First published by The Pool on 23 November 2016
We all know that these are truly bleak times we’re living in. I spent yesterday full of despair, reading about the Nazi salutes and “Hail Trump!”s being doled out at an alt-right conference in Washington DC, and the President Elect’s complaints that journalists didn’t use flattering photos of him during his campaign. I sent my dad a New Yorker article about Trump’s attack on the press, and he simply replied, as though reading my mind, “I want to be an ostrich in a sandpit.” I went to bed feeling miserable.
So there was really nothing more perfect to see online first thing this morning, my eyes still full of sleep, than the video of Barack Obama presenting Ellen DeGeneres with a Medal of Freedom – the highest civilian award given in the United States.
I’ve been a fan of DeGeneres since the mid-1990s, when I was about 12, and she was the star of her own sitcom, Ellen. It was a gentle show built around the qualities that make her so charming: her sense of humour – a mixture of the absurd and the dry; her lack of ego, and willingness to be foolish; that strong impression she gives of being a really, truly good person. I loved her immediately; I remember also finding her doing stand-up one night on Channel 4 and recording it on VHS, so that I could watch it again and again.
When she came out as a lesbian in 1997, her on-screen character did too. ABC ran “viewer discretion” warnings before that episode and every episode that followed – despite the fact that the show was incredibly tame. It’s hard to imagine now. The event caused an enormous wave of publicity and a religious backlash, and advertisers backed away from the show – there’s a good round-up of the reactions in a 1997 episode of Oprah, in which DeGeneres gave an interview about her sexuality: “I’m not ashamed of who I am,” she said. Her sitcom was cancelled a year later.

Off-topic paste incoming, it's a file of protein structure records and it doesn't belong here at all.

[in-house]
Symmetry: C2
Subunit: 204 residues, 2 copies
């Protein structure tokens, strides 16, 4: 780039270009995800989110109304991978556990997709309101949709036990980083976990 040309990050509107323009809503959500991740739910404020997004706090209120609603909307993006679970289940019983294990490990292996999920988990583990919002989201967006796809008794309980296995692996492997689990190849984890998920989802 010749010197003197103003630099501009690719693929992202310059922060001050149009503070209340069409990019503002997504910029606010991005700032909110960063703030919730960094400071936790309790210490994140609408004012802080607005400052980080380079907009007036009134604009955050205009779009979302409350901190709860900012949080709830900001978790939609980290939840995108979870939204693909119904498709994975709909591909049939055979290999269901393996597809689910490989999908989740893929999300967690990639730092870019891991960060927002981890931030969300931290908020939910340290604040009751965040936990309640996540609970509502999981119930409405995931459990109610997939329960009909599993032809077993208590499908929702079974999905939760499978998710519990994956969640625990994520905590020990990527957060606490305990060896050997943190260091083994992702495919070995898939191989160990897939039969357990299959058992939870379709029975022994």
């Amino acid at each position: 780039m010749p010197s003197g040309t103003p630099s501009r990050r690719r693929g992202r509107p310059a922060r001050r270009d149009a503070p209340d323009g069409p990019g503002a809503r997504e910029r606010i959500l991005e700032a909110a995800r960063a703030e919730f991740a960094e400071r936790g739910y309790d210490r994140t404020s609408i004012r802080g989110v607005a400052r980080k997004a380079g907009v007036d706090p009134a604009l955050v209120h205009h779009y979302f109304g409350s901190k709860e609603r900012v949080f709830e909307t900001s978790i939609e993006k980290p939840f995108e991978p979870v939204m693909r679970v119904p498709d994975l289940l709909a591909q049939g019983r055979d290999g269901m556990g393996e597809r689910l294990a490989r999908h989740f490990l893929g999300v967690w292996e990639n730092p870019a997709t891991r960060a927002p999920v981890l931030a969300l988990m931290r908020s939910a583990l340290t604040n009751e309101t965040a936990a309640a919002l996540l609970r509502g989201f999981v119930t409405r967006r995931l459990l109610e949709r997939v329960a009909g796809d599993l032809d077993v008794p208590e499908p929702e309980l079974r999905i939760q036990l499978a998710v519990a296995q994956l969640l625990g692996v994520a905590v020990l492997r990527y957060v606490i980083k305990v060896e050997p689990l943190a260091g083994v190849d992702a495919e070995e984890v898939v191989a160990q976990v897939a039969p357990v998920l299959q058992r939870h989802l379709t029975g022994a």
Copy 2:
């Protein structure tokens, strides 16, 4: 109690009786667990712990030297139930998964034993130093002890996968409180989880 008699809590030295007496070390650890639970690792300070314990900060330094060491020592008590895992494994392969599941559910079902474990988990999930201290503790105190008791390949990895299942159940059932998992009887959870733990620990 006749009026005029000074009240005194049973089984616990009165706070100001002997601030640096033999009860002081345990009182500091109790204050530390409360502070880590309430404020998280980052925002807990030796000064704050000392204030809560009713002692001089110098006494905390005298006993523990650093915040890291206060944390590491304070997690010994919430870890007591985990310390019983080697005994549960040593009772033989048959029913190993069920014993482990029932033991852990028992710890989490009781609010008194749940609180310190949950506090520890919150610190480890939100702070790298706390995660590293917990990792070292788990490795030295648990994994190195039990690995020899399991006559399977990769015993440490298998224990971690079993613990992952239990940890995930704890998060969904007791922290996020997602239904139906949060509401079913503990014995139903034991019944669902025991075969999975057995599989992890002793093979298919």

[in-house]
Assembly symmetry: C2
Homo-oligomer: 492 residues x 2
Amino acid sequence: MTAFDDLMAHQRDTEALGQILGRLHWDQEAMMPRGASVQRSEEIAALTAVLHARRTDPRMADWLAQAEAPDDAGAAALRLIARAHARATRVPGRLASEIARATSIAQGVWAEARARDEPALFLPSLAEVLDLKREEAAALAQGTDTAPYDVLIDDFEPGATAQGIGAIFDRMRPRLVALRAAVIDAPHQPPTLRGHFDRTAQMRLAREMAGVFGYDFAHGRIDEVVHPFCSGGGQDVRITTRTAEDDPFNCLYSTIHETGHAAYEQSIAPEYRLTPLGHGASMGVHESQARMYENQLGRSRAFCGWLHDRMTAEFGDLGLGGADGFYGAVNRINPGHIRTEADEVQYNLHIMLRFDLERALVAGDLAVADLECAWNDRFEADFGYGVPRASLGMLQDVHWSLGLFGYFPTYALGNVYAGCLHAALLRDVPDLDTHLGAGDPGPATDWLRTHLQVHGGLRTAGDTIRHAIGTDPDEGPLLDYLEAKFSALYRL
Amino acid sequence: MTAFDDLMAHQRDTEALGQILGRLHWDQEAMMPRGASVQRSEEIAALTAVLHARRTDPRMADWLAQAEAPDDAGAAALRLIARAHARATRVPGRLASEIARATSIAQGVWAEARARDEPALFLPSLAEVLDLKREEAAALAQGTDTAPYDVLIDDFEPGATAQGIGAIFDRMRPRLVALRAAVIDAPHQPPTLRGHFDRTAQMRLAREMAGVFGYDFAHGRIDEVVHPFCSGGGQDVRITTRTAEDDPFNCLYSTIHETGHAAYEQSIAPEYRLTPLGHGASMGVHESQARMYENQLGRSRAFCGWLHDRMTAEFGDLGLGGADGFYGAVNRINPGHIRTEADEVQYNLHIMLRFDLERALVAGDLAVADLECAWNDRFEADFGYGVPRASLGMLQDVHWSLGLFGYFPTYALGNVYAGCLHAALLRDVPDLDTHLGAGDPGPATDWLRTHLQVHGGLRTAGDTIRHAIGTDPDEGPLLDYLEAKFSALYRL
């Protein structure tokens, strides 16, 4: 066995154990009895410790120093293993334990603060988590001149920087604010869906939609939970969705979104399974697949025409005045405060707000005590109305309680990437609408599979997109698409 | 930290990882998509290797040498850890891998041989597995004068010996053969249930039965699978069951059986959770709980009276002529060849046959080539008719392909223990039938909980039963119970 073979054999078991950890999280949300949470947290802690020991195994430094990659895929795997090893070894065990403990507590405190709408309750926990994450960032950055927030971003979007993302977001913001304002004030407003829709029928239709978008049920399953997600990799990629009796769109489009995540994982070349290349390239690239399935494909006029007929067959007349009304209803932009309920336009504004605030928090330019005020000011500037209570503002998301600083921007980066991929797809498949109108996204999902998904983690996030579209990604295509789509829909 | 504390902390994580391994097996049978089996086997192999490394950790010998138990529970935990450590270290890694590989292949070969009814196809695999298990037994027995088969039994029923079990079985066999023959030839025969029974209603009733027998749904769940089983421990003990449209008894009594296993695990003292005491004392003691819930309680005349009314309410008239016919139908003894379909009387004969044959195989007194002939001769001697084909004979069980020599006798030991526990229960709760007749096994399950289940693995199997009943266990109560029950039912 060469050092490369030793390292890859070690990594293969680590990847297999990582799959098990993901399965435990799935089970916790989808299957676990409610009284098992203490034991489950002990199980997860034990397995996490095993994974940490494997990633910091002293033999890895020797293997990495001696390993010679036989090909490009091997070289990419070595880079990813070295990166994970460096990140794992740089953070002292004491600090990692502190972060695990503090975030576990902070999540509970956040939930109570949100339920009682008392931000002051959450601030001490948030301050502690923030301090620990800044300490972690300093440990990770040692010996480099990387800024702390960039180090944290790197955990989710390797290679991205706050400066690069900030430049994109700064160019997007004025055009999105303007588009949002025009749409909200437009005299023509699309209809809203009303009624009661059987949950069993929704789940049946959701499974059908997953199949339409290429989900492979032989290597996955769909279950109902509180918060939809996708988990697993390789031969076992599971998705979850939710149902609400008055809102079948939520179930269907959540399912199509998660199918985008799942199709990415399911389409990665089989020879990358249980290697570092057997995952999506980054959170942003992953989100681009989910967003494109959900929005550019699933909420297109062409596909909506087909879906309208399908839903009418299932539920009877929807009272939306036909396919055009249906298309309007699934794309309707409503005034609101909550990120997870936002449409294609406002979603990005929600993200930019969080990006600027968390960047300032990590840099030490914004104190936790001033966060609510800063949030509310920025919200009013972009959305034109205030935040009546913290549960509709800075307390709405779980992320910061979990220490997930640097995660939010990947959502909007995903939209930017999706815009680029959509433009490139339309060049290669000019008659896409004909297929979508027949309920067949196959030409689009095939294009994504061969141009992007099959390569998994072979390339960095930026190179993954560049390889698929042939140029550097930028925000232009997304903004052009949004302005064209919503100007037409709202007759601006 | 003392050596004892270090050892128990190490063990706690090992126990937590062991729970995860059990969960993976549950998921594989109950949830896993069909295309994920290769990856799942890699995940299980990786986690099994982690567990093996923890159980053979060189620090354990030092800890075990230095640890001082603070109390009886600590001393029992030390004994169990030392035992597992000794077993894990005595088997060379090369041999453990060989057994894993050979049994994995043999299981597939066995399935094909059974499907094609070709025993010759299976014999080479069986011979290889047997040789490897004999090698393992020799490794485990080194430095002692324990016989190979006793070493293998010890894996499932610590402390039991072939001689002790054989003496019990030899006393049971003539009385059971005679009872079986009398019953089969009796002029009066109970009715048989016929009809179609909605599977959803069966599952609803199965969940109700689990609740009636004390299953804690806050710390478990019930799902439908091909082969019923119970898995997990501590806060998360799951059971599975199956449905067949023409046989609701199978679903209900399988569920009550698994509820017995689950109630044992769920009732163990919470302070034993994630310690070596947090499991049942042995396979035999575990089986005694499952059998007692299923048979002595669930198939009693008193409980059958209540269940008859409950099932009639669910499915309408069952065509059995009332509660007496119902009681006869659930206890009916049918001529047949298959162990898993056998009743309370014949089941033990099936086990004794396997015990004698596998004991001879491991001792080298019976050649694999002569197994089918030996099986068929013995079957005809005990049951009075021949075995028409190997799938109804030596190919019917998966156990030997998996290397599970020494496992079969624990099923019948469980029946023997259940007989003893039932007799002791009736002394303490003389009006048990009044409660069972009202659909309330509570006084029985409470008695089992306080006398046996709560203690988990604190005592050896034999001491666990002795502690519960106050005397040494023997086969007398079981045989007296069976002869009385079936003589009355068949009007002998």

I was a child when this unfolded, but I remember the fuss caused by a comedian simply announcing that she was attracted to women. After the show was cancelled, it took a few years before her career took off again; she began The Ellen DeGeneres Show in 2003, and today it still runs five days a week. It has turned her into one of America’s biggest names. It’s as cosy and cheerful a show as you can imagine, and yet because DeGeneres presents it, it’s socially important: it’s a piece of mainstream culture helmed by a married lesbian, in an age where many in America want to roll back equal marriage rights. Gay girls growing up now can see a lesbian icon on the chat show favoured by their grandparents.
Within that, DeGeneres continues to straddle the line between being a household favourite and a progressive comedian. Just look at her 2012 skewering of Bic For Her – a line of pink and purple biros marketed specifically at women. “They’re pens just for ladies,” she said, straight-faced. “I know what you’re thinking – it’s about damn time! Where have our pens been? Can you believe this? We’ve been using man pens all these years.” She is a satirist with a soft touch – an entertainer who consistently pushes for more liberal attitudes, but makes those messages accessible to the people who need to hear them most. She has retained both her integrity, and her cuddliness.
Yesterday, while DeGeneres listened with tears in her eyes, President Obama praised her courage in coming out. “How important it was, not just to the LGBT community but to all of us, to see somebody so full of kindness and light, somebody we liked so much, somebody who could be our neighbour or our colleague or our sister, challenge our own assumptions, remind us that we have more in common than we realise, push our country in the direction of justice,” he said. “And yet, today, every day, in every way, Ellen counters what too often divides us, with the countless things that bind us together, and inspires us to be better, one joke, one dance at a time.” In a year when there has been so much to despair about, this may be my favourite piece of news yet.